The Influence of Risk-Taking Tendencies On the Relationship between Attention Control and Voice Quality
As market competition surges, companies are looking for new ways to innovate. Innovation benefits from employees who voluntarily point out problems and make suggestions for
improvement, which is called voice. Although many studies delved into the frequency of voice (voice quantity), it is rather the quality of employee’s ideas that is relevant for
innovation. Therefore, voice quality plays a central role in this study. Since attention control influences creativity, we expect it to also influence voice quality – which is the selection and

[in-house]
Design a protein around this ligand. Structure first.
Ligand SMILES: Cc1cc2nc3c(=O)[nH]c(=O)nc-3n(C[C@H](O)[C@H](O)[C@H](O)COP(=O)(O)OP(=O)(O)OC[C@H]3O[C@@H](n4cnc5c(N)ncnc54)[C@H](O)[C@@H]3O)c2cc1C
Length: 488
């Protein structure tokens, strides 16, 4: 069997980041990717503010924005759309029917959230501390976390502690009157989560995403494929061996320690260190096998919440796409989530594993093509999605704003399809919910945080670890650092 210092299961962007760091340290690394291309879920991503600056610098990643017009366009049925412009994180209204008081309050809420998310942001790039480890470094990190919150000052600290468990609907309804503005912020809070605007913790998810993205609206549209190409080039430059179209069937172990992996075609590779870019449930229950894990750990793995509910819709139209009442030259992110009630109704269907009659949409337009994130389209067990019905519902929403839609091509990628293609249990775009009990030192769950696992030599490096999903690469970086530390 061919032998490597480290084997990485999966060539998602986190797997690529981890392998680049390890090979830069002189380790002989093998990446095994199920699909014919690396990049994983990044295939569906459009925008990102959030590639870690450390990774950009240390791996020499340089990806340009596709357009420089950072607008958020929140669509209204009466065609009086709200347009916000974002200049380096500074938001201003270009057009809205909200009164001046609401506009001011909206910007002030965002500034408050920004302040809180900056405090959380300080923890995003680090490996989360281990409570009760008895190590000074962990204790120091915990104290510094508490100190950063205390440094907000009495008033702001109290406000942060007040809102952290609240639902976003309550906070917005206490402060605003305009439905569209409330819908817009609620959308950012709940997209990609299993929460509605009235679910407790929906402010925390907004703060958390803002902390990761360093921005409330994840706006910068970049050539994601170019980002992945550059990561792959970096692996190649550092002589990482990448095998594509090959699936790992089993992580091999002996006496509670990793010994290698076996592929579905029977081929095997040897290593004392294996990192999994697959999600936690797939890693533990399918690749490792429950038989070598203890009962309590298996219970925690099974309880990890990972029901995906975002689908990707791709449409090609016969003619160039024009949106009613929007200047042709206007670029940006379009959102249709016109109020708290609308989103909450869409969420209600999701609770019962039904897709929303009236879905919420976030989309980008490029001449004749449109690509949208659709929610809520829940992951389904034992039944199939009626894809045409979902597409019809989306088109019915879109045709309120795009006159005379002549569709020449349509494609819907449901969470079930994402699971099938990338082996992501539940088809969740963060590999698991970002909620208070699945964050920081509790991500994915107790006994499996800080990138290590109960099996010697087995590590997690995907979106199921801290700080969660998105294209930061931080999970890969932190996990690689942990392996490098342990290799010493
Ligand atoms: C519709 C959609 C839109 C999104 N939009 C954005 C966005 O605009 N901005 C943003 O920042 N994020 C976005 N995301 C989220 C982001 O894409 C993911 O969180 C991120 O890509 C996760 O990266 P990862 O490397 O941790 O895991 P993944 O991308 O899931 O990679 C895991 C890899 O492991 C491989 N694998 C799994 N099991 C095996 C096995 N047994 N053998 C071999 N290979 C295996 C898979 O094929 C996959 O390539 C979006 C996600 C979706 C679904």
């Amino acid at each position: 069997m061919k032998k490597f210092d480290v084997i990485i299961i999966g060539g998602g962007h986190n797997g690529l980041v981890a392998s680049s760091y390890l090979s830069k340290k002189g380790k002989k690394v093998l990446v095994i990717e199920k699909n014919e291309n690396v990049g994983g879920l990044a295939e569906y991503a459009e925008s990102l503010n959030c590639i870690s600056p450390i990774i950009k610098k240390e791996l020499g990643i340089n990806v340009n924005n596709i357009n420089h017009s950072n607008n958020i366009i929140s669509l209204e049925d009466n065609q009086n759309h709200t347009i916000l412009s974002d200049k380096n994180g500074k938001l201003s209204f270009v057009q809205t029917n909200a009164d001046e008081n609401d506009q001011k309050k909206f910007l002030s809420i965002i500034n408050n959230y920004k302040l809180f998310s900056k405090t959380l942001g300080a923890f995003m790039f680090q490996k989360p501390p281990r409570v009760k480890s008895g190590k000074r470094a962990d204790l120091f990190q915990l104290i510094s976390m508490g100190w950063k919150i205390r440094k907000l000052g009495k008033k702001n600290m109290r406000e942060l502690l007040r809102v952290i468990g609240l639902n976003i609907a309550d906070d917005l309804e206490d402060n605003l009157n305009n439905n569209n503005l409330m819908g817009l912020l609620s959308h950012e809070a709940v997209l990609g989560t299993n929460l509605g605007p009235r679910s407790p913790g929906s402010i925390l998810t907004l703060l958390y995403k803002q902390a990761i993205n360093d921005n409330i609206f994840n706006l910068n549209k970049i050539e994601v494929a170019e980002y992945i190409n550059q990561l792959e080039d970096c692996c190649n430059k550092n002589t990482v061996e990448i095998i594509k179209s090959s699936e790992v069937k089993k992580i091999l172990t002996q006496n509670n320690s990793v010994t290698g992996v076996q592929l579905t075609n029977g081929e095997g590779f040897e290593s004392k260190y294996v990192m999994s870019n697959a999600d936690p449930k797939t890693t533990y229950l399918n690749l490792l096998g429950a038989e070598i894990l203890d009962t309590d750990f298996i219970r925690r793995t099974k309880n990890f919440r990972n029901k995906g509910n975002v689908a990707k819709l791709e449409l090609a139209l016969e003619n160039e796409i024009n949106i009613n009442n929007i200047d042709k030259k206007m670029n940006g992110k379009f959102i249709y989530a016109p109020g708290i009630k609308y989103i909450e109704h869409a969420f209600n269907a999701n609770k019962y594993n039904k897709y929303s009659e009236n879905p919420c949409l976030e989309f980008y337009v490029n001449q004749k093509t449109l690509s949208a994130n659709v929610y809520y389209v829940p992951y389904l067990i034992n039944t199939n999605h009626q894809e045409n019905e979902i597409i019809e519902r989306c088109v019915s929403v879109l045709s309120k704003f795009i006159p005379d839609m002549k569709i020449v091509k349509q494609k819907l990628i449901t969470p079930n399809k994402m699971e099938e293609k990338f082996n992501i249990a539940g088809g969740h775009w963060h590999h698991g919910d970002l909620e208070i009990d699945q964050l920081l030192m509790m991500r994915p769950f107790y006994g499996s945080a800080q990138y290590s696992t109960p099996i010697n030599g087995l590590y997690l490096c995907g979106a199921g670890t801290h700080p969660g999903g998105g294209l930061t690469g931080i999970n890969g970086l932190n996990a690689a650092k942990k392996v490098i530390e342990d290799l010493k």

communication of creative ideas. Additionally we study whether risk-takers need less attention to voice qualitatively than risk-avoiders. As risk-takers experience less threat than
risk-avoiders, we expect them to voice more often and with a higher quality over time.
Eighty-one students generated ideas to improve their faculty and were distracted while voicing these ideas. Risk-taking tendencies were measured using a questionnaire. The results
indicate that people indeed need attention to select high quality ideas and communicate them for voice, probably because attention creates systematic and persistent processing of
information. Furthermore, risk-taking tendencies turn out not to influence the frequency of voice. However, the results show that frequent voicers voice effortlessly and automatically in
comparison to infrequent voicers.
Supervisor: mw. I. (Inge) Wolsink MSc.